Doomsday Clock set to 100 seconds to midnight

Jan 20, 2022 | News

Australia’s imperative to step up on nuclear weapons


Today’s new setting of the global Doomsday Clock highlights the need for urgent action to reduce the growing threat of the accidental or deliberate use of nuclear weapons.

The clock, a 75 year old initiative that measures humanity’s proximity to annihilation, has been set to 100 seconds to midnight, where it has been since 2020 in “a new abnormal”. The Bulletin of the Atomic Scientists, custodians of the clock, attribute their decision in part to the threat of nuclear weapons, including the modernisation and expansion activities of Russia, the US and China. “If not restrained, these efforts could mark the start of a dangerous new nuclear arms race”.

Despite the global covid-19 pandemic and the subsequent economic downturn, the 9 nuclear-armed states spent over A$100bn on their nuclear weapons in 2020. All are upgrading their arsenals with no positive steps evident towards reducing the role of nuclear weapons in national policies, let alone disarmament.

At the same time, the global majority of non-nuclear-armed nations have negotiated a treaty that comprehensively bans nuclear weapons and all activities that support them. The UN Treaty on the Prohibition of Nuclear Weapons will celebrate its first anniversary of entering into force on 22 January 2022, with a growing membership of 86 signatories and 59 states parties. The first meeting of states parties will take place in 2022, with non states parties invited to participate as observers.

While Australia has not yet signed or ratified the Treaty, it has not yet made a decision on attending the first meeting of states parties as an observer. NATO members Norway and Germany, also a nuclear-hosting state, have announced their attendance. The federal Opposition, Australian Labor has committed in policy to sign and ratify the Treaty in government.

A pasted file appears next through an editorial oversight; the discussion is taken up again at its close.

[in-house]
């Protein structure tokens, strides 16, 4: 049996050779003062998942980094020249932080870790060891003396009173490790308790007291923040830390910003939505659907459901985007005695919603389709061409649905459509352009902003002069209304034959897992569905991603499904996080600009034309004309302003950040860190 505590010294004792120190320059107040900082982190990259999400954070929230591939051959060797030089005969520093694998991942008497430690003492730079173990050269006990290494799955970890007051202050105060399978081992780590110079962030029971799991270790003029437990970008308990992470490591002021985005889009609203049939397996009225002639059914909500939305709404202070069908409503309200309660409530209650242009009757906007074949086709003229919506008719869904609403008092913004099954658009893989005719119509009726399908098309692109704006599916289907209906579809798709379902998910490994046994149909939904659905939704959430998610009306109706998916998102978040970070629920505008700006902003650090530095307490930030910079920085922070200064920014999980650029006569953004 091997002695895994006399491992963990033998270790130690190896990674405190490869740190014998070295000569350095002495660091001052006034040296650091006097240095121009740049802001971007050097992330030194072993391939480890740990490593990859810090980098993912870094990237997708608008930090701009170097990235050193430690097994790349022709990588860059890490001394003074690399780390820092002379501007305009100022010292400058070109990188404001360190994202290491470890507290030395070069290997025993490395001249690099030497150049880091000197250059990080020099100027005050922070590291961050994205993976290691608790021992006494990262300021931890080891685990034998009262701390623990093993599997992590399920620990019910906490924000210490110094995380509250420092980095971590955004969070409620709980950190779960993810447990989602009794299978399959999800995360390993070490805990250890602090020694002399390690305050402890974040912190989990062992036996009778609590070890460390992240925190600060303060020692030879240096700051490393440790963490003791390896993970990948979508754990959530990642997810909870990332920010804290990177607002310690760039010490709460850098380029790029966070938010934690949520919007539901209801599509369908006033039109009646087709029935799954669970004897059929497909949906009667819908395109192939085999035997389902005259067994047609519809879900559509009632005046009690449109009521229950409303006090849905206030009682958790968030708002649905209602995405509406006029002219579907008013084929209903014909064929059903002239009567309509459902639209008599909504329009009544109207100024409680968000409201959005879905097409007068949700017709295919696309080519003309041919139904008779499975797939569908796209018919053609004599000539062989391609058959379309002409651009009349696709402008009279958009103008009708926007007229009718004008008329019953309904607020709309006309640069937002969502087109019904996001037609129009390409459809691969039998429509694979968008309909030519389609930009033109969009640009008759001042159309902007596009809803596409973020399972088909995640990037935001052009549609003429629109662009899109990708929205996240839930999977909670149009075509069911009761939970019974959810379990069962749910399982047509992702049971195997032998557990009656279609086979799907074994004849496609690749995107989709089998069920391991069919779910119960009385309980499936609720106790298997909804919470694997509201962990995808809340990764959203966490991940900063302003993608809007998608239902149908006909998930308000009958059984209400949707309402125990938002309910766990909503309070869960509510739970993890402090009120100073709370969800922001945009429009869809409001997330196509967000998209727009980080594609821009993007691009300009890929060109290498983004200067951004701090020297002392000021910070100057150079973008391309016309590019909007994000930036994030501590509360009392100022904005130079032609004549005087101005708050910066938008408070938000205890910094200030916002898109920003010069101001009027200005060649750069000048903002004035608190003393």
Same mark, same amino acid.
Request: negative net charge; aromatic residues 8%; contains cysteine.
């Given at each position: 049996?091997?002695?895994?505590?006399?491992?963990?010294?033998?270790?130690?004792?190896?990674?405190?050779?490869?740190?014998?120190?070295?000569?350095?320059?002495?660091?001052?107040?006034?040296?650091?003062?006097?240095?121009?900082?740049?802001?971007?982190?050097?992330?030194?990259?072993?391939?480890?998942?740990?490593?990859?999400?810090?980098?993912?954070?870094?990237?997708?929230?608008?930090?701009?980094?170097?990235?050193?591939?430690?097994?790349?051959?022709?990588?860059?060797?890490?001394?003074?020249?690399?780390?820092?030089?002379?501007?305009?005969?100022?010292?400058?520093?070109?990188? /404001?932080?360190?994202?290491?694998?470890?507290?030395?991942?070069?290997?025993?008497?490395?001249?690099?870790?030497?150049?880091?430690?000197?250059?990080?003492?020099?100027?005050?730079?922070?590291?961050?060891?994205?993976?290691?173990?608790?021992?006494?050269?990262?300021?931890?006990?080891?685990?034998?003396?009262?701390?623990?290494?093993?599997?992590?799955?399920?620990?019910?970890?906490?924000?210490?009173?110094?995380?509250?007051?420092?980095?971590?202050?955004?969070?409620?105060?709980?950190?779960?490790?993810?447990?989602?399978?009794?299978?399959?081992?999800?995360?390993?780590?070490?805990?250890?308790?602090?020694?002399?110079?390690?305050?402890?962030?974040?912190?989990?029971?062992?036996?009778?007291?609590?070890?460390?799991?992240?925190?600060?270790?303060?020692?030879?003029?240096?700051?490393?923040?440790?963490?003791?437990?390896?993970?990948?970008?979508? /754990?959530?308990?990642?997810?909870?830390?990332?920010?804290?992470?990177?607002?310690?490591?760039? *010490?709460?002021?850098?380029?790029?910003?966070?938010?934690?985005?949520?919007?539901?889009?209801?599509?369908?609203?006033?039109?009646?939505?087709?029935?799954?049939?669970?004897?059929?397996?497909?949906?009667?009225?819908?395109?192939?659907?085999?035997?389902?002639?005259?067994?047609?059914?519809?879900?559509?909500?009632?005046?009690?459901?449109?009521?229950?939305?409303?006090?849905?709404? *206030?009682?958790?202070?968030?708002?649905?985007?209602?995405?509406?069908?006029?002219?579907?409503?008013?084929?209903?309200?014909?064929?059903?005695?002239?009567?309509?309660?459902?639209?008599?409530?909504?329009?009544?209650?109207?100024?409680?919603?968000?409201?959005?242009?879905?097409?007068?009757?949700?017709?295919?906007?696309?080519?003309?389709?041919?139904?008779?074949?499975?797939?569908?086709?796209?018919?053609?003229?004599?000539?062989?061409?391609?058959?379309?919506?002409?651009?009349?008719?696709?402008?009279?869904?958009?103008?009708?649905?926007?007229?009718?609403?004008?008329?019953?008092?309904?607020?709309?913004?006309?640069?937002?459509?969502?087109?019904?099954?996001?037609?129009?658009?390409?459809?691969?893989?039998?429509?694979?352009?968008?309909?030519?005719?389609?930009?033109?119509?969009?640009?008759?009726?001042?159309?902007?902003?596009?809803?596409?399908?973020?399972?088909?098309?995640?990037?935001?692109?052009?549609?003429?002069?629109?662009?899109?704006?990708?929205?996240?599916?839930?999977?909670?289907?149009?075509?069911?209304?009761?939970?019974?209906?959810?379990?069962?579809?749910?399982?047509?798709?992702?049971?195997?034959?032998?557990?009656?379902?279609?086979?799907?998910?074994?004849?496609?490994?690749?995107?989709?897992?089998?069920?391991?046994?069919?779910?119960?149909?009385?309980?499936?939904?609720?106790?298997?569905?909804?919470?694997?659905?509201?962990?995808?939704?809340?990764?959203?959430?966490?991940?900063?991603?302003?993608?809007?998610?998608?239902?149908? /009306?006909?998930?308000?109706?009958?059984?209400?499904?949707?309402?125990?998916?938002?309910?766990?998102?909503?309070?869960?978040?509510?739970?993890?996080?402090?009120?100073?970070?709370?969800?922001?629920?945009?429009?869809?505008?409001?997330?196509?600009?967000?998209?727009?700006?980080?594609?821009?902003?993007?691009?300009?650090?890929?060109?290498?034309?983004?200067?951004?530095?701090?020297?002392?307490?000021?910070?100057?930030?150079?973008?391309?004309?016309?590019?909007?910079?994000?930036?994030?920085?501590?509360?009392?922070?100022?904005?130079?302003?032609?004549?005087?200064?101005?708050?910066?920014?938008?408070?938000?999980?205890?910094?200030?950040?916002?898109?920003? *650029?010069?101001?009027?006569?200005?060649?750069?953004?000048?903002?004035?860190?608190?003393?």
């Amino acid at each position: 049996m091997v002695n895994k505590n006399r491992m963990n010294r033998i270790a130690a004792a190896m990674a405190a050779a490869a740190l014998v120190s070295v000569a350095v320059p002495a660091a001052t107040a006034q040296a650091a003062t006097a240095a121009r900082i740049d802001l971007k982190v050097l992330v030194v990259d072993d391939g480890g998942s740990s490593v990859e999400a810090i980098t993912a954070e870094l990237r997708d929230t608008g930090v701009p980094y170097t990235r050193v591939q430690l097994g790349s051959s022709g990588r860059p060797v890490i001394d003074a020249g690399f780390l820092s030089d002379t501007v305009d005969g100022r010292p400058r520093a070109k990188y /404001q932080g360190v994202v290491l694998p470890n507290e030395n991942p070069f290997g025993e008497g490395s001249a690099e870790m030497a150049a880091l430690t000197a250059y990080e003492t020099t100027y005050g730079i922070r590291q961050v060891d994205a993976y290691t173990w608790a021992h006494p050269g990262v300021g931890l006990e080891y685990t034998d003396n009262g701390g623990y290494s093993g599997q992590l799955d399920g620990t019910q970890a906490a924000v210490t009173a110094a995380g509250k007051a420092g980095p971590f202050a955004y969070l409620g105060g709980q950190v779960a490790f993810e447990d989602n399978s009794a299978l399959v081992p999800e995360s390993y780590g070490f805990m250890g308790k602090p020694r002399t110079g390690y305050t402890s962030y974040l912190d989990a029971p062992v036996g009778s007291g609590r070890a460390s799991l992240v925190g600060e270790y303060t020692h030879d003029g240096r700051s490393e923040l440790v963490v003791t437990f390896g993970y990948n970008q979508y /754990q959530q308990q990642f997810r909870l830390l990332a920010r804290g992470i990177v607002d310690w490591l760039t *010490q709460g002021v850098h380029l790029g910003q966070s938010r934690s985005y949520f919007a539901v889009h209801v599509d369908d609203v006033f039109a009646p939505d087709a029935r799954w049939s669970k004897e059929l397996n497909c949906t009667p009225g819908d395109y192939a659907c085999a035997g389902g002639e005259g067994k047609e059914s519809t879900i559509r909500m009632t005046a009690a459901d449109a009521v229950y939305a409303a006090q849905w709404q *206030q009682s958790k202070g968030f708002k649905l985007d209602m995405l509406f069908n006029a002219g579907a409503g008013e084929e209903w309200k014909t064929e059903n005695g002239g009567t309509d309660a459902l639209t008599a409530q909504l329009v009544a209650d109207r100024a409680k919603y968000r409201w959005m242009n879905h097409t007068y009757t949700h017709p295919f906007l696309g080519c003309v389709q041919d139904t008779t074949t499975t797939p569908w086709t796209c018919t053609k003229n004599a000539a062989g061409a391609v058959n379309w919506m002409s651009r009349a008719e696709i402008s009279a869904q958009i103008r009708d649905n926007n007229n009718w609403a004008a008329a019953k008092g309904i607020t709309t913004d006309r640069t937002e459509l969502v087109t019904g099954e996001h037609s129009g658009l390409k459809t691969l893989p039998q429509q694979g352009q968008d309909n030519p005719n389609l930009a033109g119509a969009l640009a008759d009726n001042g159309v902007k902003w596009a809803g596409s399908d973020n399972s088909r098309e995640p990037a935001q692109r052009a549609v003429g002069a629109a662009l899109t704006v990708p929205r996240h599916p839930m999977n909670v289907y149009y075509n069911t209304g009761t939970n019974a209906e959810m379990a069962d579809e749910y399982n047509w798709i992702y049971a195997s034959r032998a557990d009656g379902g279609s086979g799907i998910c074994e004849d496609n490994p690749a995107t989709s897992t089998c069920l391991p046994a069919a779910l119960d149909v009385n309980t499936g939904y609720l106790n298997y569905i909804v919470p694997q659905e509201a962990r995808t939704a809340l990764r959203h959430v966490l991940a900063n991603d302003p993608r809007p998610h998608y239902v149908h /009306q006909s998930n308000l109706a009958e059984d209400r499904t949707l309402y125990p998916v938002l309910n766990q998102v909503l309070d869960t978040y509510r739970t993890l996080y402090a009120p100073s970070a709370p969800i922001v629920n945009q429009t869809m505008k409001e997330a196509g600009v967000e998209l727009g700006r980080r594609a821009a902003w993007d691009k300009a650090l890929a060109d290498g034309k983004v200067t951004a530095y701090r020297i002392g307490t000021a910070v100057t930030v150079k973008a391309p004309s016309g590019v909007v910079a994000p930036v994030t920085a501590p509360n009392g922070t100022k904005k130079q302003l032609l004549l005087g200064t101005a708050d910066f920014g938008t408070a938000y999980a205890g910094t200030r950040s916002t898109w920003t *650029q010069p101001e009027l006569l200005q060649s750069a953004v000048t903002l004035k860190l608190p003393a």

“Tomorrow (Saturday 22 Jan) marks the first anniversary of the TPNW’s entry into force as international law. The past year has seen a steady increase in support for the Treaty and today’s Doomsday Clock announcement is a powerful reminder of the importance and urgency of our efforts to constrain and abolish these weapons. The nuclear weapon ban treaty is the circuit-breaker that can move us beyond the dangerous status-quo,” said Gem Romuld, Director of the International Campaign to Abolish Nuclear Weapons (Nobel Peace Prize 2017), Australia.

We are living in dangerous days with increasing militarisation and geo-political tensions from Ukraine to the South China Sea. The Doomsday Clock underscores the urgency of change. Australia can no longer present itself as progressive on nuclear non-proliferation and disarmament; we are clearly on the wrong side of history until we reject the fallacy of nuclear deterrence and join the ban,” Romuld said. 

Four out of five Australians, 40% of the federal Parliament, councils, unions, faith-based organisations and nuclear test survivors are behind this goal.